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How to Keep Your Agency Out of the Headlines

Don't let a crisis of leadership drag down your organization's performance.

"Motivation is everything. You can do the work of two people, but you can't be two people. Instead, you must inspire your people and get them to inspire their people."—Lee Iacocca

The Veteran Affairs Department is the latest federal agency to make headlines for abysmal performance. But Congress' rush to fire VA officials because of fraudulent waiting times at veterans hospitals and the White House's promises of accountability are like a broken record. We heard the same script after the IRS tea party affair, the Health and Human Services Department’s HealthCare.gov debacle, the State Department Benghazi massacre, Justice's investigation of journalists, and the Drug Enforcement Agency’s Operation Fast and Furious—just to name a few. According to the Partnership for Public Service, just 46 percent of government civilian employees "feel a high level of respect for their leaders." So VA isn't a Shinseki problem, it's a leadership issue at the presidential level and in Congress—arguably the organization least accountable for performance.

Do similar incidents happen in your organization?

Crisis of leadership. You can spot a leadership crisis by listening to those in positions of power. While there is no one-size-fits-all leadership style, the tell-tale sign of dysfunctional leadership is that followers fail to perform ethically and deliver top results. Leadership isn't a speech or lecture—leaders don't talk at people. Leadership isn't about the leader—it's about the results their people produce. Many of today's leaders, often those in politics, are enamored with ideological rhetoric and forget that their job is to solve problems not jump on the bandwagon to chastise workers.

Building people up. Good leaders build people up, not tear them down. At one time or another, most of us have had a boss who made us feel like garbage. He was so immersed in his own thinking that he smothered ours. We had difficulty learning because he kept telling us what to do. While we were motivated to work hard at the start, when our ideas were ignored we had to resist the urge to give up and mentally clock out. On the other hand, effective leaders build people up by melding their individual ideas and skills into a cohesive team.

Leading by example. We learned leadership by watching those who lead us. Usually the lessons were constructive and we copied traits that we admired. Other bosses taught us how not to lead, and sometimes the line between the two was blurred. How do you tell if your leadership impact is positive or negative? Here are a few signs that your style is working:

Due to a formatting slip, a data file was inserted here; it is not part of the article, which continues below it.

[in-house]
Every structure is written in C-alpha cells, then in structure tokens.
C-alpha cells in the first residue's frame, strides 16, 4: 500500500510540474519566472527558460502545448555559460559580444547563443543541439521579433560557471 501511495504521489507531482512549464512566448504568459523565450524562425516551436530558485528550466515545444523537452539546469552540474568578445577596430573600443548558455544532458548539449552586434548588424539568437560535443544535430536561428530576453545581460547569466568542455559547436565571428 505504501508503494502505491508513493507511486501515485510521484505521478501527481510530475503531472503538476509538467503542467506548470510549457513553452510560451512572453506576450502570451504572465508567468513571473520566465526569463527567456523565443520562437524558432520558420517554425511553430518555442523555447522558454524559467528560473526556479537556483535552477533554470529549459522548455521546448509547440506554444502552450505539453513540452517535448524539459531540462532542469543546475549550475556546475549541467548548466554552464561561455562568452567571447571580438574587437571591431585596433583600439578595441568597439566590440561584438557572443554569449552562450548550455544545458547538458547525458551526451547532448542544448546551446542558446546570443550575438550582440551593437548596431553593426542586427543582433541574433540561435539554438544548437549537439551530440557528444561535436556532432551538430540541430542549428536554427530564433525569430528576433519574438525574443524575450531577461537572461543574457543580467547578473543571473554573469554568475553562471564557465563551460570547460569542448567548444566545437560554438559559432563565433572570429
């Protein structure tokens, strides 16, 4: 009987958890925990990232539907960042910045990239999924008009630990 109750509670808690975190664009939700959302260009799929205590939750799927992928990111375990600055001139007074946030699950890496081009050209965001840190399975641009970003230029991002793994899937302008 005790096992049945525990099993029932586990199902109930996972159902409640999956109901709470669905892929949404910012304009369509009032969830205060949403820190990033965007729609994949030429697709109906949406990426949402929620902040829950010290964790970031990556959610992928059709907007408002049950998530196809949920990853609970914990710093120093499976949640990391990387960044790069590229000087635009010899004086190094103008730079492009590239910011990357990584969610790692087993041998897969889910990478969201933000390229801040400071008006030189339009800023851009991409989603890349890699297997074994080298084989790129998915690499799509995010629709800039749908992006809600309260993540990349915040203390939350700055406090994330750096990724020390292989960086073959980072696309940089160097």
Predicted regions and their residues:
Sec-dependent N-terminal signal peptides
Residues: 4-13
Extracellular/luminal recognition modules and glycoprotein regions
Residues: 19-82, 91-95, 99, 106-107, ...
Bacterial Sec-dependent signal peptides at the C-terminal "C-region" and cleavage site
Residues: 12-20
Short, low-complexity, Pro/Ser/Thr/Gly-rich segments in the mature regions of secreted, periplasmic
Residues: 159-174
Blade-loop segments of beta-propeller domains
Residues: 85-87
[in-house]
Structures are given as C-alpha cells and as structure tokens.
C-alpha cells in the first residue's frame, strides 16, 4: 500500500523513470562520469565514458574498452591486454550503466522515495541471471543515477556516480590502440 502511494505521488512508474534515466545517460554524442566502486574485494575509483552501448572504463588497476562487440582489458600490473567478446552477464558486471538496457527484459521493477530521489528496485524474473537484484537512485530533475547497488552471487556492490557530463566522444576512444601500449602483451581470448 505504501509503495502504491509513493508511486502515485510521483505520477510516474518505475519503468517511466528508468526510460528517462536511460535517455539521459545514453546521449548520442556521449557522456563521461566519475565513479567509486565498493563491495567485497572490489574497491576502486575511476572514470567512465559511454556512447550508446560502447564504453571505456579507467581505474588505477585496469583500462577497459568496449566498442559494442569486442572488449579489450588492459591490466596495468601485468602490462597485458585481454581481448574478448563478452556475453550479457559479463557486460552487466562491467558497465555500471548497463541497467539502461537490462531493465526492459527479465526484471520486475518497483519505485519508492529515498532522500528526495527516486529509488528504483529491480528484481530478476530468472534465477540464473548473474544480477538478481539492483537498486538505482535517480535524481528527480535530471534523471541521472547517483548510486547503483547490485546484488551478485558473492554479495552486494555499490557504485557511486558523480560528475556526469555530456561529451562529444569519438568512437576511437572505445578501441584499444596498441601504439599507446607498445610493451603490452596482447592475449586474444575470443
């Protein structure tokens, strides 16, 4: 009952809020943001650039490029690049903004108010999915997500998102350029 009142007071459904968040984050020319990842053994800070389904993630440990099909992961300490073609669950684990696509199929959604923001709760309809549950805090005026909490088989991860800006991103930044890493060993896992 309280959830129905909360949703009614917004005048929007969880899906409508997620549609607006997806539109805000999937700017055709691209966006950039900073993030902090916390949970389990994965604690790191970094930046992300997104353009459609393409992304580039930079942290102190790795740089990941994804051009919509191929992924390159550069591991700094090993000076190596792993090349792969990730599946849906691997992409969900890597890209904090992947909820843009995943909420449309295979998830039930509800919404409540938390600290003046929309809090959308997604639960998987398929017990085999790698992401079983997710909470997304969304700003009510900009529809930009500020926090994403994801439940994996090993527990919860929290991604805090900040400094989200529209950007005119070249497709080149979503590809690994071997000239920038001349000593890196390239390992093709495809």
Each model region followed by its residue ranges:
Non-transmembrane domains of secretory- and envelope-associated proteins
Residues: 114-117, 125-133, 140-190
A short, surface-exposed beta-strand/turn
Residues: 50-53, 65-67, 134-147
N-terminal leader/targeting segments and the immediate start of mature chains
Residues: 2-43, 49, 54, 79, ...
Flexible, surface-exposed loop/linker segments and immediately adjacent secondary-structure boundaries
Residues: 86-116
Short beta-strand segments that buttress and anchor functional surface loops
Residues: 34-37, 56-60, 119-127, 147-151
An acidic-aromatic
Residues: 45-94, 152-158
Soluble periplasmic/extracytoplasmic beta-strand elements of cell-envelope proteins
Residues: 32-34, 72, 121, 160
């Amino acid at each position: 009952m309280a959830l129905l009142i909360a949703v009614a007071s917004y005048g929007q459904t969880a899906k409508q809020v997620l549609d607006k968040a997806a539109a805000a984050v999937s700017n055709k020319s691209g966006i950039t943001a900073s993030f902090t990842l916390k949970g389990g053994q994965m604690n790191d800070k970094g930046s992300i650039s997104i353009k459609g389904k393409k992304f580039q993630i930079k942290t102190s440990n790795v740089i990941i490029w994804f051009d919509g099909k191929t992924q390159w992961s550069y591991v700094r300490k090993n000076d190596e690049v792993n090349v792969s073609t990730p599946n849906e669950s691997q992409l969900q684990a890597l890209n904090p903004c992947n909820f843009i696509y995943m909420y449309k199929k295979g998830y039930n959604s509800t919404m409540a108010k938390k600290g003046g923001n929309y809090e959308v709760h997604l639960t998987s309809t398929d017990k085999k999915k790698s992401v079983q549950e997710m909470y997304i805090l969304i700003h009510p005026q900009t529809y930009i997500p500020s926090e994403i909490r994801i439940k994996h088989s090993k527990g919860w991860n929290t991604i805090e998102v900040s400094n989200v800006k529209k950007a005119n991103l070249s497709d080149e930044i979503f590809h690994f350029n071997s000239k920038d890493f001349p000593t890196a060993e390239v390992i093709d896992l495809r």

• People use your logic when they explain things to their people
  • People choose to work for you and decline other opportunities
  • People say success came from what they learned from you

Similarly, the following indicate that your leadership style may be having a negative impact:

  • Your people stop their conversation when you approach
  • Your people avoid delicate and controversial subjects
  • Your turnover rate is higher than average

Leaders don't tell people what to do, rather they help people identify and remove impediments to progress. By asking the right questions, you encourage learning by your team and often learn a lot yourself.

Dealing with dysfunctional behavior. Few things erode productivity faster than dysfunctional behavior. If missed commitments, finger-pointing, whining, and the like are normal among your co-workers, you must change the environment. Just don't allow it. Anytime you see or hear one of those behaviors, stamp it out. Privately tell the troublemaker that his or her behavior is damaging the team and is unacceptable. If the behavior occurs during a meeting, ask repeat offenders to leave. You'll be amazed how quickly such rebuffs will change a group's behavior. That doesn't mean you should squash complaints—quite the contrary. But there is a constructive way and a destructive way to address poor performance. Making oneself look good by making others look bad is destructive. Offering new ideas to improve results or correct poor performance is constructive.

Your leadership impact. As a leader, you impact people in three dimensions:

  • Intellectually by guiding the possibilities and priorities they consider
  • Behaviorally by drawing and consistently enforcing the line between acceptable and unacceptable actions
  • Emotionally by helping people feel positive about themselves and the organization

The first two—how a leader sets direction and acts as a role model—get a lot of attention. But in addition, be conscious of how you make people feel. Do you empower or drain them? Of the three dimensions, emotional impact is most essential to leadership because if you frustrate, annoy or anger people, your ideas are unlikely to be adopted and others won't change their behaviors no matter how right you are. In other words, if you don't influence people emotionally they won't follow you. How are your people feeling right now, for example?

Dick Stieglitz is a business consultant, author and speaker who works with companies and government agencies to change the way they do business. His books include Taming the Dragons of Change. This post first appeared in his newsletter The Change Challenge.

(Image via mearicon/Shutterstock.com)

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